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In "Shall I Compare thee to a summer's day" According to lines 7–8, what can happen...

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sexayshy | eNotes Newbie

Posted March 2, 2011 at 5:58 AM via web

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In "Shall I Compare thee to a summer's day" According to lines 7–8, what can happen to any kind of beauty?

Sonnet 18.

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susan3smith | High School Teacher | (Level 2) Educator

Posted March 2, 2011 at 6:32 AM (Answer #1)

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Shakespeare's Sonnet 18 "Shall I Compare Thee to A Summer's Day" addresses a loved one whose beauty far outstrips that of nature's.  The lines you are referring to are as follows:

And every fair from fair sometime declines,

By chance or nature's changing course untrimm'd

Until these lines, the speaker explains that  nature's beauty is imperfect--a summer day can be too hot, too windy, cloudy, or short.  Surely his beloved's beauty has none of these imperfections.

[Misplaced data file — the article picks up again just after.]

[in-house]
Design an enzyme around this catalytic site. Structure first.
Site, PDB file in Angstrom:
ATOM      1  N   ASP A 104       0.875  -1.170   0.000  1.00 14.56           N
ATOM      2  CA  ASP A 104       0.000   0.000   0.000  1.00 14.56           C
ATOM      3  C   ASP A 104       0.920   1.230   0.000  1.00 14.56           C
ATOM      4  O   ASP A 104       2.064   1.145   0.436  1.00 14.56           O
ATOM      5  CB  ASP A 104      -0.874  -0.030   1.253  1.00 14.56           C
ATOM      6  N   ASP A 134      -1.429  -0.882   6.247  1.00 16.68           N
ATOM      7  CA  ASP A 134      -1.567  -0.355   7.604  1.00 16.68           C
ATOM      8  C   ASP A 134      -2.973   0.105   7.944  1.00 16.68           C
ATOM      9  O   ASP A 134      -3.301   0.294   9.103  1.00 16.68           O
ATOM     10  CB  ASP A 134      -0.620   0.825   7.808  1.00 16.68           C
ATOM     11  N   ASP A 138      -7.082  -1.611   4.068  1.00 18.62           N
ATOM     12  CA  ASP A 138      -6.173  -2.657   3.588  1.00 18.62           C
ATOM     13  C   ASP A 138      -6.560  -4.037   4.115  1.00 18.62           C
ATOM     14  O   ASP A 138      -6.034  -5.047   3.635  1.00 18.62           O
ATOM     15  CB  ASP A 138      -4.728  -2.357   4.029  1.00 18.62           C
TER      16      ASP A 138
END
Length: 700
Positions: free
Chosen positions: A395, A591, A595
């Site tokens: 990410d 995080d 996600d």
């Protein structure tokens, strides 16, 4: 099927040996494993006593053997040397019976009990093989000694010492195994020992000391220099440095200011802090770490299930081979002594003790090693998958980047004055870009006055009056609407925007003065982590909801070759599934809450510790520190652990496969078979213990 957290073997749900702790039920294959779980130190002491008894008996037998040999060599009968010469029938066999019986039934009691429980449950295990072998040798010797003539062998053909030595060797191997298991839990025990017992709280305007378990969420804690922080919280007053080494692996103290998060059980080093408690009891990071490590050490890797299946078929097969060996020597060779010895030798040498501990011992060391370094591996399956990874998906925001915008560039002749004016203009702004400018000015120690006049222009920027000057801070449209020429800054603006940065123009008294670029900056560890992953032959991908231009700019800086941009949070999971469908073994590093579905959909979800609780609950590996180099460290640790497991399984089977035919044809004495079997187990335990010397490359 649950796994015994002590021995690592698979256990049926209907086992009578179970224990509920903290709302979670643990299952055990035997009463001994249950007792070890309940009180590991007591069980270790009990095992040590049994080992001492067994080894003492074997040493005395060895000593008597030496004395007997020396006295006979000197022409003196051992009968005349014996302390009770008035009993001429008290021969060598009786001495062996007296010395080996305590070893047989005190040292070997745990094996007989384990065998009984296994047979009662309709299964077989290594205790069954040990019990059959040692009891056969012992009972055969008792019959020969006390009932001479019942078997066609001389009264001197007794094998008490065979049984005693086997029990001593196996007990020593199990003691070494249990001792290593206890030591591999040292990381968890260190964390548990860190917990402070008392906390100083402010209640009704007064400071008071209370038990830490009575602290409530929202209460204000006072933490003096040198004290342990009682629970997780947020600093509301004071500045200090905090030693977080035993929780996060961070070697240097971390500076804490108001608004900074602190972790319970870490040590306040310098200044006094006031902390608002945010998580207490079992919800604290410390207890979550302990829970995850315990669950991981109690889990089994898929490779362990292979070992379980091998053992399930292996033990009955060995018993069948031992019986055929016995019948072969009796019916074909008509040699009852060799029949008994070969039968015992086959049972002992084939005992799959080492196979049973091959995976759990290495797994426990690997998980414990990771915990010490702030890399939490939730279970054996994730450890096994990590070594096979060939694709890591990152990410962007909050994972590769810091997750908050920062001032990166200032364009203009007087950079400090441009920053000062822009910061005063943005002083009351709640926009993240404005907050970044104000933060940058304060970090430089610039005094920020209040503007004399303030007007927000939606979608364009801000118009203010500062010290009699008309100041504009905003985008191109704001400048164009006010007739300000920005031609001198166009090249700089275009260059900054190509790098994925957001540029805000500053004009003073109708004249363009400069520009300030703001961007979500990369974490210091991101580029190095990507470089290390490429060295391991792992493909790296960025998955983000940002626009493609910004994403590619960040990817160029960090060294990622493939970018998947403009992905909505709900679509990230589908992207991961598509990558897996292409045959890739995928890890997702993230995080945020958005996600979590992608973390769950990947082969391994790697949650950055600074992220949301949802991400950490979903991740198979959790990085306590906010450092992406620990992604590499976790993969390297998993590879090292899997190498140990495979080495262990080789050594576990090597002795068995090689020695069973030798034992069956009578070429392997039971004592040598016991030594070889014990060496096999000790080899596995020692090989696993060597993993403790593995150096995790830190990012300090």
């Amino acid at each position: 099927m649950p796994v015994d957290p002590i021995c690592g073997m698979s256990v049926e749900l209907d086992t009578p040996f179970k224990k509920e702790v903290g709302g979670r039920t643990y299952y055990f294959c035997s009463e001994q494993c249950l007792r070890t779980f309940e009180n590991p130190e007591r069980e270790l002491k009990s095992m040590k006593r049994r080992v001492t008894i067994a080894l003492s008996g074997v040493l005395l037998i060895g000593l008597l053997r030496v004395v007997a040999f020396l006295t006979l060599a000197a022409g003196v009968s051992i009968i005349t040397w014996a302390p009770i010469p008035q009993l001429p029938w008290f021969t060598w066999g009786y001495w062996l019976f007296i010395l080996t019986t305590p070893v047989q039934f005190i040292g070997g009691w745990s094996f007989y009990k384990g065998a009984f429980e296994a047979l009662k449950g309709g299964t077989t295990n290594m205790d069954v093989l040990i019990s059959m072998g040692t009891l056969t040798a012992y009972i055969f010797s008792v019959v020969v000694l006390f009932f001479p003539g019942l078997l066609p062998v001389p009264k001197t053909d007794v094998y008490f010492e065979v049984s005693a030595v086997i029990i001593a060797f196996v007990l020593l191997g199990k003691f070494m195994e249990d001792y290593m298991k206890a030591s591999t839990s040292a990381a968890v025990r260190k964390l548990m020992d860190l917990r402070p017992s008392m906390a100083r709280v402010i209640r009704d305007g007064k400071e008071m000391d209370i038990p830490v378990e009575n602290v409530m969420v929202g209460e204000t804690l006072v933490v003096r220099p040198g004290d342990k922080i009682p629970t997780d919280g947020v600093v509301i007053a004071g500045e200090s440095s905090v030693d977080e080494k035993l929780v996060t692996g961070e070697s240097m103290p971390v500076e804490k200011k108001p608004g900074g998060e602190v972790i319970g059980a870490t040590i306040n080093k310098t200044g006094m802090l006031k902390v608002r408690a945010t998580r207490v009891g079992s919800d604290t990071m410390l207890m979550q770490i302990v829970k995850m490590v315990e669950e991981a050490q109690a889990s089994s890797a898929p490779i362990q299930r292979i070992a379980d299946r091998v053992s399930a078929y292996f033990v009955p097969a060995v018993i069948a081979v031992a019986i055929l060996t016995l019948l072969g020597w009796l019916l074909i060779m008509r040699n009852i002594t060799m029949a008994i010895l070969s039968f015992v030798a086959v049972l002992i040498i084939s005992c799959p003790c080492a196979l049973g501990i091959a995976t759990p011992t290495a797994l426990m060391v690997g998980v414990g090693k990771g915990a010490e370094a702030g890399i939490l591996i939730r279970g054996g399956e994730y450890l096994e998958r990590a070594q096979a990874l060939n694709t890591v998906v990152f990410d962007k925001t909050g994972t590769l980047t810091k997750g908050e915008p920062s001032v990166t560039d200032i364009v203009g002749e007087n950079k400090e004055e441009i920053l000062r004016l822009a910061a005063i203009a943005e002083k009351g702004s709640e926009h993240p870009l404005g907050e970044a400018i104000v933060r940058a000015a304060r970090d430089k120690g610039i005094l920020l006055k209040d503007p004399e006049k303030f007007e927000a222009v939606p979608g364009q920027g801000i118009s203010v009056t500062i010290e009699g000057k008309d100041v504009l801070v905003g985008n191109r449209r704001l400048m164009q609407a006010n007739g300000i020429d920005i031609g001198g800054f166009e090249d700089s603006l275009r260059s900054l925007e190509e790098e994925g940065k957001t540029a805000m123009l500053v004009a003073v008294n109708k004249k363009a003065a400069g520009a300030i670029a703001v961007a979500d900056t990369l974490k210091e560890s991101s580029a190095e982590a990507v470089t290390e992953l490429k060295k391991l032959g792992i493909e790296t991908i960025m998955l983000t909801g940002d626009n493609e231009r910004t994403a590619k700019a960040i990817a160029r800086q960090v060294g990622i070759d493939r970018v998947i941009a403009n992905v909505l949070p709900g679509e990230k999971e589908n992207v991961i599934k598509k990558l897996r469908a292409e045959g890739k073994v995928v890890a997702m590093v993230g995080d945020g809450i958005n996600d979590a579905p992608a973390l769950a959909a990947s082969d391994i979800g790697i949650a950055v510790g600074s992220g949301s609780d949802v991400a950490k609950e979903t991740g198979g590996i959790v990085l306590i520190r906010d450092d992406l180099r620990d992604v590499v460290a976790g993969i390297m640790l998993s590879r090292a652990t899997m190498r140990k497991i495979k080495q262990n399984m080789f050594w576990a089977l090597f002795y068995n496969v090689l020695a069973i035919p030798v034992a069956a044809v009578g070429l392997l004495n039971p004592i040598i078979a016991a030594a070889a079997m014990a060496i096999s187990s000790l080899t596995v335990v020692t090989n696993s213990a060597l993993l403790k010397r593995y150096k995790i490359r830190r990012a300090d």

In the lines that you have questioned, the speaker gives another reason that his beloved's beauty is superior:  it is eternal.  You are correct in your inference that "fair" refers to beauty.  In this case, the speaker declares that nature's beauty can become less so "by chance" or by "nature's changing course untrimm'd."  "Chance" most likely means circumstances, such as injury or sickness, that are beyond our control.  The reference to nature and its seasons most likely refers to age that is certain to occur, phenomenon that happens in nature and in humans.

 The subject's beauty will not change because of circumstance or age as long as the speaker's poem lives.  He has eternalized the subject's beauty through his poem. 

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